RiglerÃ¢ÂÂs Triad: Pneumobilia, Small Bowel Obstruction, and a GallstoneHammami MB1,2*, and Chhapparia A1
- *Corresponding Author:
- Muhammad B. Hammami
Gastroenterology and Hepatology
Department of Internal Medicine
Saint Louis University School of Medicine
St Louis, USA
Tel: +1 3145778764
Fax: +1 3145778125
E-mail: [email protected]
Received date: February 19, 2017; Accepted date: February 25, 2017; Published date: February 28, 2017
Citation: Hammami MB, Chhapparia A (2017) Rigler’s Triad: Pneumobilia, Small Bowel Obstruction, and a Gallstone. Intern Med, 7: i114. doi: 10.4172/2165-8048.1000i114
Copyright: © 2017 Hammami MB. This is an open-access article distributed under the terms of the Creative Commons Attribution License, which permits unrestricted use, distribution, and reproduction in any medium, provided the original author and source are credited.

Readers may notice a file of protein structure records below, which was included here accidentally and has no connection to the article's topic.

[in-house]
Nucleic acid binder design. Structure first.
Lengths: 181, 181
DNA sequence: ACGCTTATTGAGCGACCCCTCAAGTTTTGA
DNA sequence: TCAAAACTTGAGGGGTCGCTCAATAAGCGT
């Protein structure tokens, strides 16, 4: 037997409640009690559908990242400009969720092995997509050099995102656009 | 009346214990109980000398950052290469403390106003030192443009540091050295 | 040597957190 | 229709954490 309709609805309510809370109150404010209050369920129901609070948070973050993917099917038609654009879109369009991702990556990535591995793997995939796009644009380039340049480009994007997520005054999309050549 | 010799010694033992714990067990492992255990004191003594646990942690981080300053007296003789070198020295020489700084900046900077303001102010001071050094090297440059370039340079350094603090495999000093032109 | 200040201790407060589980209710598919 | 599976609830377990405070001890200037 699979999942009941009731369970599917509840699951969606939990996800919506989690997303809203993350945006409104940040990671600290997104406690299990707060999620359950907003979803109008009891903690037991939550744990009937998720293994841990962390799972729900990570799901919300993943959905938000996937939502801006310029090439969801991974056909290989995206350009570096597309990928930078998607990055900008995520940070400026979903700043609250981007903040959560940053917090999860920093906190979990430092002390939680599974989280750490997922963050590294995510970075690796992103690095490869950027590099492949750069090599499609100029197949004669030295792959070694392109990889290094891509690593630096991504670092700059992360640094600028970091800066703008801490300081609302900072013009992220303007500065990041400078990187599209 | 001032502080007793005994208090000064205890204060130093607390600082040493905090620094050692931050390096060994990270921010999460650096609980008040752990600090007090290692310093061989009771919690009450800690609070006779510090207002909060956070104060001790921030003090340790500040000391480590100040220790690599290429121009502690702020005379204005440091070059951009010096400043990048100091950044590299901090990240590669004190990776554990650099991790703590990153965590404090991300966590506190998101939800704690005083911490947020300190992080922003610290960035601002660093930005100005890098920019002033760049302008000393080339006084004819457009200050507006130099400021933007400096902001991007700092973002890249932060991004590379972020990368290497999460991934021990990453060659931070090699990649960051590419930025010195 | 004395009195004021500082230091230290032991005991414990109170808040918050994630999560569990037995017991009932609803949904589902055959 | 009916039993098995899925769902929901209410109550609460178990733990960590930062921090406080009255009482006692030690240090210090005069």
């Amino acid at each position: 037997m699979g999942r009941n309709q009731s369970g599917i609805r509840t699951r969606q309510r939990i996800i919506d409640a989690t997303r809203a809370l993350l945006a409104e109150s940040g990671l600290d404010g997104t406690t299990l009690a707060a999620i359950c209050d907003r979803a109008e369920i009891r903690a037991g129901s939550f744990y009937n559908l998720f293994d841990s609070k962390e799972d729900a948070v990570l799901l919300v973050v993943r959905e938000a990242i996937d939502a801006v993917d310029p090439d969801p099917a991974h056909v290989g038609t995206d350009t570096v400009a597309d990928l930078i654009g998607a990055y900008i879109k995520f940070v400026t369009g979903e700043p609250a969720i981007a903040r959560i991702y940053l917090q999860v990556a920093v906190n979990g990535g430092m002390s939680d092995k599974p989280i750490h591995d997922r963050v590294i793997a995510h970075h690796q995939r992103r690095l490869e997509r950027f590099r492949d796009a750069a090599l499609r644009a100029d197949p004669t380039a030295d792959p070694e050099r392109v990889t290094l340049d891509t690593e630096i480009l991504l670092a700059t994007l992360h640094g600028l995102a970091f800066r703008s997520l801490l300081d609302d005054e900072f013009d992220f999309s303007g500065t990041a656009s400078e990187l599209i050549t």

A 63-year-old Caucasian male with history of Schizophrenia and developmental disability presents with progressive abdominal pain and worsening nausea. Computed tomography of the abdomen and pelvis demonstrated pneumobilia in both the common bile and left hepatic duct and a contracted high-grade small bowel obstruction secondary to a peripherally hyper dense and centrally lucent 5.4 cm × 2.9 cm structure representing a gallstone at the ileocecal junction. After electrolyte correction the patient underwent an exploratory laboratory where he was found to have already passed the stone. There were no other findings intra-operatively and his course was otherwise uncomplicated.